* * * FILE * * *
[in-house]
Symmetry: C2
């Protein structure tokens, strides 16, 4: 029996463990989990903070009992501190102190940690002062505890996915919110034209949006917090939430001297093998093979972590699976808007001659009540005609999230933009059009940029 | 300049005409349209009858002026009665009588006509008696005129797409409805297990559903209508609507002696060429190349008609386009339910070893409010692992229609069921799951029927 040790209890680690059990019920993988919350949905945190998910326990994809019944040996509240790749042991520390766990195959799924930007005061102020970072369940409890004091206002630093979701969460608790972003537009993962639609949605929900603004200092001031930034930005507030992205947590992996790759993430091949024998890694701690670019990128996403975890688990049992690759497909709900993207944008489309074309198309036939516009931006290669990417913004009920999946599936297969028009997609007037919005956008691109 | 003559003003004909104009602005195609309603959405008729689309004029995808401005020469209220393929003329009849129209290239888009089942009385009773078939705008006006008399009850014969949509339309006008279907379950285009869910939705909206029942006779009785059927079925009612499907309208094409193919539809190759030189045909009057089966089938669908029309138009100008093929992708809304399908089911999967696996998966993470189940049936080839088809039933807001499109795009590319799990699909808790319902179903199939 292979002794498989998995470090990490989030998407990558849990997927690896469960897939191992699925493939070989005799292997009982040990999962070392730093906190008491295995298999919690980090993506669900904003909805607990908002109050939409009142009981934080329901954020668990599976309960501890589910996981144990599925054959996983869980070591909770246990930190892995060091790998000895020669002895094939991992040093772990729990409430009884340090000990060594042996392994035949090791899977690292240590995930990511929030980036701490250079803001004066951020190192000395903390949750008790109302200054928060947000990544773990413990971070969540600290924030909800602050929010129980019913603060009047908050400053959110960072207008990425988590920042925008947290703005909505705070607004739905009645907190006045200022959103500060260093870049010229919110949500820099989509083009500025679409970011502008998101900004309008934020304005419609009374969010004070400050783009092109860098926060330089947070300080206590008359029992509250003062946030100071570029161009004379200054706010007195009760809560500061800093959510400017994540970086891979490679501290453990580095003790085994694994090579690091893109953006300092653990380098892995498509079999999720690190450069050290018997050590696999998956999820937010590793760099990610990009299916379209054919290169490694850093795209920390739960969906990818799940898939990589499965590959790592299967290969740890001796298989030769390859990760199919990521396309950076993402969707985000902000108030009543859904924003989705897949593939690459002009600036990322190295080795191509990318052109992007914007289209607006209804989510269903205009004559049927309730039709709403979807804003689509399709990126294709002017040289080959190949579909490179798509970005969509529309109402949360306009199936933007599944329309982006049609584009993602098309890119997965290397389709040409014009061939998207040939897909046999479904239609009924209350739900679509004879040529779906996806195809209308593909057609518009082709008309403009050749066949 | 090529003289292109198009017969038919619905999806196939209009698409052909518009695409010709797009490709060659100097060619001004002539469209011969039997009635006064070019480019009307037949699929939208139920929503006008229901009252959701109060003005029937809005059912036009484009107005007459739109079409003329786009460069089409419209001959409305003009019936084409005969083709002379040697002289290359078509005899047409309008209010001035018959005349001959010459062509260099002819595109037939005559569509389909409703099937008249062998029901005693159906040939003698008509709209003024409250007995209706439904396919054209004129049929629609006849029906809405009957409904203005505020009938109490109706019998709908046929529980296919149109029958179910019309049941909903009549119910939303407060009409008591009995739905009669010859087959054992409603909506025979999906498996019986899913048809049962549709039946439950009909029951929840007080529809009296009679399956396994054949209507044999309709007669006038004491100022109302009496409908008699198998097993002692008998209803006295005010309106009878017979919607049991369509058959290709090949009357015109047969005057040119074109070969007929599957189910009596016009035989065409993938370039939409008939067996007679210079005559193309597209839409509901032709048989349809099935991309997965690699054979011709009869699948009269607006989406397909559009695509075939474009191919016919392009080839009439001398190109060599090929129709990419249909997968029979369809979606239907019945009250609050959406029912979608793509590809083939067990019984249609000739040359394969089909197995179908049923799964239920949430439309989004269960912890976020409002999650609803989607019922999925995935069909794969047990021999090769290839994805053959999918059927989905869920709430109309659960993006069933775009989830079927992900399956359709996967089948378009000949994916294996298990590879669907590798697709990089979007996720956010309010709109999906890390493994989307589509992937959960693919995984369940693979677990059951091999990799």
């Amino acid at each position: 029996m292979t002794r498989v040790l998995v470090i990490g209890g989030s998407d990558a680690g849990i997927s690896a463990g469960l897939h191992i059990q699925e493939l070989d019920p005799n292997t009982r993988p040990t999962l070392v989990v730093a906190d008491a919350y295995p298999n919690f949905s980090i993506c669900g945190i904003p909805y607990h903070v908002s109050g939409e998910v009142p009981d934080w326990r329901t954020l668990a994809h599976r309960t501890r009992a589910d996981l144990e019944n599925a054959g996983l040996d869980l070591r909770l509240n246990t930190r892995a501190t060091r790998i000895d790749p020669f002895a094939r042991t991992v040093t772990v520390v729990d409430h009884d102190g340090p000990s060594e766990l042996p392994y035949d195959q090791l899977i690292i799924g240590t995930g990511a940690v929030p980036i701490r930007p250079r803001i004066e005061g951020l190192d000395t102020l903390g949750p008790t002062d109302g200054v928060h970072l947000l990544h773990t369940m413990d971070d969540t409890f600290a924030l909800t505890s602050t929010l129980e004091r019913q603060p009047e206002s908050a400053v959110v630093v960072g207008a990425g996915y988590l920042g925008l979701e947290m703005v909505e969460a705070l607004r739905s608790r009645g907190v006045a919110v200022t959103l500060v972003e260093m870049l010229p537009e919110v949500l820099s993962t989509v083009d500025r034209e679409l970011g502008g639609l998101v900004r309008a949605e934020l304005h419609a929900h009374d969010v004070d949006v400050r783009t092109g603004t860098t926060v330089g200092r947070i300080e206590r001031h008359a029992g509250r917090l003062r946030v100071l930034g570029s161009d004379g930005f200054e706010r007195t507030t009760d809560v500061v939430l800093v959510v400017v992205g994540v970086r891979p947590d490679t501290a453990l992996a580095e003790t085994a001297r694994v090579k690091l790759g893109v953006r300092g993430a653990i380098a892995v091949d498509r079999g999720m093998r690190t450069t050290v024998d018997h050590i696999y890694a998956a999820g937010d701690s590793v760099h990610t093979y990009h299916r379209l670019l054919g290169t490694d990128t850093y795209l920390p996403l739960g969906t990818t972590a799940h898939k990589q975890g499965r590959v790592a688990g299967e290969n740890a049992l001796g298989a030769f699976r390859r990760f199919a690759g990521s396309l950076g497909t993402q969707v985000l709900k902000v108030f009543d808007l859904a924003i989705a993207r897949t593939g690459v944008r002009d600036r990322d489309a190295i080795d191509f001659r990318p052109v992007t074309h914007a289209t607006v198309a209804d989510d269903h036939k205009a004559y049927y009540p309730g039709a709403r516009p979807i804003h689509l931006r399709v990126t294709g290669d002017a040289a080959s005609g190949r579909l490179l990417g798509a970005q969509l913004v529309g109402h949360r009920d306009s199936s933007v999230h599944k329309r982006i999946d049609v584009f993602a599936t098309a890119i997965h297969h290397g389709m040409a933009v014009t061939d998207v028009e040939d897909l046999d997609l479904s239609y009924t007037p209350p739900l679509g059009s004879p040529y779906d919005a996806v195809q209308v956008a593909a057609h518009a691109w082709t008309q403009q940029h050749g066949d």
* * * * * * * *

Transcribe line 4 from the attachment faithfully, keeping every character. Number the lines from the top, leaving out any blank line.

């Amino acid at each position: 029996m292979t002794r498989v040790l998995v470090i990490g209890g989030s998407d990558a680690g849990i997927s690896a463990g469960l897939h191992i059990q699925e493939l070989d019920p005799n292997t009982r993988p040990t999962l070392v989990v730093a906190d008491a919350y295995p298999n919690f949905s980090i993506c669900g945190i904003p909805y607990h903070v908002s109050g939409e998910v009142p009981d934080w326990r329901t954020l668990a994809h599976r309960t501890r009992a589910d996981l144990e019944n599925a054959g996983l040996d869980l070591r909770l509240n246990t930190r892995a501190t060091r790998i000895d790749p020669f002895a094939r042991t991992v040093t772990v520390v729990d409430h009884d102190g340090p000990s060594e766990l042996p392994y035949d195959q090791l899977i690292i799924g240590t995930g990511a940690v929030p980036i701490r930007p250079r803001i004066e005061g951020l190192d000395t102020l903390g949750p008790t002062d109302g200054v928060h970072l947000l990544h773990t369940m413990d971070d969540t409890f600290a924030l909800t505890s602050t929010l129980e004091r019913q603060p009047e206002s908050a400053v959110v630093v960072g207008a990425g996915y988590l920042g925008l979701e947290m703005v909505e969460a705070l607004r739905s608790r009645g907190v006045a919110v200022t959103l500060v972003e260093m870049l010229p537009e919110v949500l820099s993962t989509v083009d500025r034209e679409l970011g502008g639609l998101v900004r309008a949605e934020l304005h419609a929900h009374d969010v004070d949006v400050r783009t092109g603004t860098t926060v330089g200092r947070i300080e206590r001031h008359a029992g509250r917090l003062r946030v100071l930034g570029s161009d004379g930005f200054e706010r007195t507030t009760d809560v500061v939430l800093v959510v400017v992205g994540v970086r891979p947590d490679t501290a453990l992996a580095e003790t085994a001297r694994v090579k690091l790759g893109v953006r300092g993430a653990i380098a892995v091949d498509r079999g999720m093998r690190t450069t050290v024998d018997h050590i696999y890694a998956a999820g937010d701690s590793v760099h990610t093979y990009h299916r379209l670019l054919g290169t490694d990128t850093y795209l920390p996403l739960g969906t990818t972590a799940h898939k990589q975890g499965r590959v790592a688990g299967e290969n740890a049992l001796g298989a030769f699976r390859r990760f199919a690759g990521s396309l950076g497909t993402q969707v985000l709900k902000v108030f009543d808007l859904a924003i989705a993207r897949t593939g690459v944008r002009d600036r990322d489309a190295i080795d191509f001659r990318p052109v992007t074309h914007a289209t607006v198309a209804d989510d269903h036939k205009a004559y049927y009540p309730g039709a709403r516009p979807i804003h689509l931006r399709v990126t294709g290669d002017a040289a080959s005609g190949r579909l490179l990417g798509a970005q969509l913004v529309g109402h949360r009920d306009s199936s933007v999230h599944k329309r982006i999946d049609v584009f993602a599936t098309a890119i997965h297969h290397g389709m040409a933009v014009t061939d998207v028009e040939d897909l046999d997609l479904s239609y009924t007037p209350p739900l679509g059009s004879p040529y779906d919005a996806v195809q209308v956008a593909a057609h518009a691109w082709t008309q403009q940029h050749g066949d």